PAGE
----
Russia Acquits Of Copyright Violation; Where Now For Angry Record Labels?

The music industry is predictably up in arms after a Moscow court found the former boss of controversial Russian music downloads site not guilty on copyright violation charges. From Reuters): Judge Yekaterina Sharapova: “The prosecution did not succeed in presenting persuasive evidence of [Denis Kvasov’s] involvement in infringing copyright law. Everybody who uses soundtracks has to pay a certain amount of their income to the rights holders and this company has done that. MediaServices has paid a certain amount of money to ROMS, [Russia’s royalties collection agency].”, which sold tracks online at significantly below market value, was shut by Russian authorities in June after pressure from upset record labels. Parent MediaServices claimed it was legit because it was licensed by ROMS, but the international music industry does not recognize the body and the International Federation for the Phonographic Industry (IFPI) umbrella pressed for action, resulting in a trial for MediaServices boss Kvasov. It’s a resounding, yet perhaps predictable, loss for the music industry – was Russia ever likely to find against a company that apparently complies with its own copyright process, no matter how shaky that process in international eyes?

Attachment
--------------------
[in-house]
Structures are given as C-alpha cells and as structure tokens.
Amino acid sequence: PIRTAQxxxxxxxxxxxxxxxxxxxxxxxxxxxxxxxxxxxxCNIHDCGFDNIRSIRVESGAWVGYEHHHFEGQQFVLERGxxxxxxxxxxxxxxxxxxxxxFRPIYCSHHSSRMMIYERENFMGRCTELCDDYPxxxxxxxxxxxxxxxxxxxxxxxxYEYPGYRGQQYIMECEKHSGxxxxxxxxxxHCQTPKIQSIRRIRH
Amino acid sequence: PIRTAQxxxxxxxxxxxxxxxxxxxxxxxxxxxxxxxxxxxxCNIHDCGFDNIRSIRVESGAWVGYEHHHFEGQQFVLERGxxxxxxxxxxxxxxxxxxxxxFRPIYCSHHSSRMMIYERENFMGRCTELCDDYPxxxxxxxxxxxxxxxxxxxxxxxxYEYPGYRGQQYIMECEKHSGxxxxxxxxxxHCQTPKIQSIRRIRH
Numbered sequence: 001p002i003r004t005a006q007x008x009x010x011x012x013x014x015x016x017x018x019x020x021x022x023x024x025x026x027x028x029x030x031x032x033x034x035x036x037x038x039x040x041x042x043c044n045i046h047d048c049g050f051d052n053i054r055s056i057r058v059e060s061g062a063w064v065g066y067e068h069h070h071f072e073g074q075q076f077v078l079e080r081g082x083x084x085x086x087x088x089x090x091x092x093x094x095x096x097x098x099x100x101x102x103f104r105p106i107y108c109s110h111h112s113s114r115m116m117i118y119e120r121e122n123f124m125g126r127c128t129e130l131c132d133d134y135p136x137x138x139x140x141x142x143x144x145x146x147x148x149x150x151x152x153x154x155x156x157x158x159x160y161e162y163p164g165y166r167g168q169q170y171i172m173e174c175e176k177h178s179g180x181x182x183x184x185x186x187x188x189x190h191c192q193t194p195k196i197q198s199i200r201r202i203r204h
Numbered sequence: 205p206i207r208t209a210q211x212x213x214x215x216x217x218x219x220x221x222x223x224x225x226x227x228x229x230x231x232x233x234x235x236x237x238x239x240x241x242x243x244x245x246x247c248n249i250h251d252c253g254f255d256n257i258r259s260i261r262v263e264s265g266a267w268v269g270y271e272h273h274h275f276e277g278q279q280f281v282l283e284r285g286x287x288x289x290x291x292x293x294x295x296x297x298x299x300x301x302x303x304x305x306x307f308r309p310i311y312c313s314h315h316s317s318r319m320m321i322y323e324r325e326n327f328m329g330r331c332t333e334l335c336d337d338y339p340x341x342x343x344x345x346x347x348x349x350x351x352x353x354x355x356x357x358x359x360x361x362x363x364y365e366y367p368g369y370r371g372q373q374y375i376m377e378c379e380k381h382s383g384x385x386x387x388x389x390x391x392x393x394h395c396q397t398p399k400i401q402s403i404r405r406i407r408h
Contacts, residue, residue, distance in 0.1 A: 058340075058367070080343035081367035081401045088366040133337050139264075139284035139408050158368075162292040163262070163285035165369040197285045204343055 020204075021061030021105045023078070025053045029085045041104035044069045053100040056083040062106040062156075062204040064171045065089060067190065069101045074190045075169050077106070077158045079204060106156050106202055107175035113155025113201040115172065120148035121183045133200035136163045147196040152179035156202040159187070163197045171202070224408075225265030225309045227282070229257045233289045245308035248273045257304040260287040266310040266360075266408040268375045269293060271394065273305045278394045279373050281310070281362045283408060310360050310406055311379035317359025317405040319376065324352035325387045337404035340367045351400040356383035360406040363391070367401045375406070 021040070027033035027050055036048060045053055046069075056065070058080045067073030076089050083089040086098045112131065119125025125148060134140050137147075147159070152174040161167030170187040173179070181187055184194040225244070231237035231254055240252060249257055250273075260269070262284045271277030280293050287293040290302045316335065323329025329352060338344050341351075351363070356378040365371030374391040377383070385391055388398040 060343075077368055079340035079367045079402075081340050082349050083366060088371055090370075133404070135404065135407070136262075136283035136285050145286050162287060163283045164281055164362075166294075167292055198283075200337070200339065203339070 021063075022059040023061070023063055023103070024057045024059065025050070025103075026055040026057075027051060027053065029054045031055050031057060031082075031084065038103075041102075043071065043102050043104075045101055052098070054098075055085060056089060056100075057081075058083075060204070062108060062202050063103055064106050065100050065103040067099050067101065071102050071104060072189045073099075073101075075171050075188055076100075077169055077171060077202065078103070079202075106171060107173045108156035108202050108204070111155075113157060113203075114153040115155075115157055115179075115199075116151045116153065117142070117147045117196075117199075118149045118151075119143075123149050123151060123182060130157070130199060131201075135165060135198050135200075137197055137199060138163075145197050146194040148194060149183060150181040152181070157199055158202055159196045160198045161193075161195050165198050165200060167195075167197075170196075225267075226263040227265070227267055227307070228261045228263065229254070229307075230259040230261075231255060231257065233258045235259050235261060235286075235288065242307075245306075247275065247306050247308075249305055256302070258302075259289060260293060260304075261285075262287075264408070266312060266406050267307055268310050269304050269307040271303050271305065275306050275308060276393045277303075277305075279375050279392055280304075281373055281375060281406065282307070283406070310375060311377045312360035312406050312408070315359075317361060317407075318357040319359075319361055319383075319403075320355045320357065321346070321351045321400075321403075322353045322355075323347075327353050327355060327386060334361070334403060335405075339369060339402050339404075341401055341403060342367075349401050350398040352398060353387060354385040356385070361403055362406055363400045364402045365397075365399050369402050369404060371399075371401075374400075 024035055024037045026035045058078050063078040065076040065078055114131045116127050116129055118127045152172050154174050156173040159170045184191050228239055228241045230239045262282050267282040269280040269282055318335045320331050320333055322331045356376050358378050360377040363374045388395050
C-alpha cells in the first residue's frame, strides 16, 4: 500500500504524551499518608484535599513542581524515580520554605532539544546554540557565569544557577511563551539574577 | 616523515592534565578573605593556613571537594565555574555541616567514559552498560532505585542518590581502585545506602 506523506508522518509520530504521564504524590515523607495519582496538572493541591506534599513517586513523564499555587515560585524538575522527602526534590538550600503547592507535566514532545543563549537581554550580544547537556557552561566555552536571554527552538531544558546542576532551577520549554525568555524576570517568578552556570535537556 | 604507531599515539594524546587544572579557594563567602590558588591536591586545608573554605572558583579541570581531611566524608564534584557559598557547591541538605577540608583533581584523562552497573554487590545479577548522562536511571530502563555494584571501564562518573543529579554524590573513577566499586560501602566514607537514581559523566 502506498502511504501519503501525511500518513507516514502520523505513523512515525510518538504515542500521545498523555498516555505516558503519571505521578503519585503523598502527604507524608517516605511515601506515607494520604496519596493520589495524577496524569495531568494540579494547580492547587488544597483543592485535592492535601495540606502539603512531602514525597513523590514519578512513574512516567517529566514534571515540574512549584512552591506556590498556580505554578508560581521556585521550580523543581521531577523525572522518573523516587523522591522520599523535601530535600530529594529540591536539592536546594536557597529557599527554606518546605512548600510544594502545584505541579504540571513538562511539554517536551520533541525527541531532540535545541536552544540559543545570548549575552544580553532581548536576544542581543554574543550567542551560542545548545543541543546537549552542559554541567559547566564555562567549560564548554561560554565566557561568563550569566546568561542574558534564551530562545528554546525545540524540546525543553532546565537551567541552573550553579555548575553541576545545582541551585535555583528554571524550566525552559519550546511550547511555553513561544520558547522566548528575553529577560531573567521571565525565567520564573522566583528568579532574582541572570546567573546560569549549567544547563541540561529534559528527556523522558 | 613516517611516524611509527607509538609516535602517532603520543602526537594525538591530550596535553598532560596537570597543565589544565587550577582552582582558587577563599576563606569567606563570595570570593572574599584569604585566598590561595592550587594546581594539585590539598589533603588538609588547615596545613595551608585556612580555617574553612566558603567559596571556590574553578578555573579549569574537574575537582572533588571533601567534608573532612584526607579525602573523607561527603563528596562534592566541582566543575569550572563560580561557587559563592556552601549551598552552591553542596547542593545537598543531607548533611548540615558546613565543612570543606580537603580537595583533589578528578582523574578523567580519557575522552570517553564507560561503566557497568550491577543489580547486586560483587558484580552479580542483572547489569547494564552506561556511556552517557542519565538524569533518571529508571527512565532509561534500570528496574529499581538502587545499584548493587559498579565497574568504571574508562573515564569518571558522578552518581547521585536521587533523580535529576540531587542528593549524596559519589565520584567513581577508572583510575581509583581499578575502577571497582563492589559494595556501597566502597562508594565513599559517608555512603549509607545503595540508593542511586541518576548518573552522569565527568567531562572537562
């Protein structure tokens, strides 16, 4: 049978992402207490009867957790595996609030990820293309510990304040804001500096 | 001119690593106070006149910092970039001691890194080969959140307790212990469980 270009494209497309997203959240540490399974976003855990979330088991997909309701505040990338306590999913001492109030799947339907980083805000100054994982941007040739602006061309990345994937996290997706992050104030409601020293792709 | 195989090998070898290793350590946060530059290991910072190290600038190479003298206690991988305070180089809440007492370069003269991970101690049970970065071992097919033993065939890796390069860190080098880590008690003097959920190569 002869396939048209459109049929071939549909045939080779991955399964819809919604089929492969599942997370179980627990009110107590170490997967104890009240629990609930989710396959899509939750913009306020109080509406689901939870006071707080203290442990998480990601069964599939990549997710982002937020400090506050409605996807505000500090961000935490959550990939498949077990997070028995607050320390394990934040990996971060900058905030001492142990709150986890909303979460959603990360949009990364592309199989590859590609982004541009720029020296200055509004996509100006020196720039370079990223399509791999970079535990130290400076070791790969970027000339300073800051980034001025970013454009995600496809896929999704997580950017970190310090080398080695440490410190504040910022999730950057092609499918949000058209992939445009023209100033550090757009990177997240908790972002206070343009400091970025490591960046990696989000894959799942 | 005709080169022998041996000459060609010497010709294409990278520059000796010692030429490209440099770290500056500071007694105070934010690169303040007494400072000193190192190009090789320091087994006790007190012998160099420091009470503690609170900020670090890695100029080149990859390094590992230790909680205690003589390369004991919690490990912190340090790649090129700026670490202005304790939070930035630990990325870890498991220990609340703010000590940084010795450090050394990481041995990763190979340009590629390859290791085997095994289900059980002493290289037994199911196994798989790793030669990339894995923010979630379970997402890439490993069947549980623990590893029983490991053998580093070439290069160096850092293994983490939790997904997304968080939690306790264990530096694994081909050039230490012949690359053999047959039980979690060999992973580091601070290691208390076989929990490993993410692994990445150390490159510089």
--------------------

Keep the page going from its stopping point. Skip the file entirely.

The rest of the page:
Via the Times, Sharapova even highlighted “the sloppy job done by prosecutors in collecting and analyzing the facts.” IFPI, “extremely disappointed”, says it will now appeal but, in reality, the matter may have to be resolved by higher authorities: the case has, of late. been a bargaining chip in Russia’s joining the World Trade Organization. Those negotiations may now grow to include Russia’s international copyright compliance., MediaServices’ offspring of the deceased, lives on. The Times has more.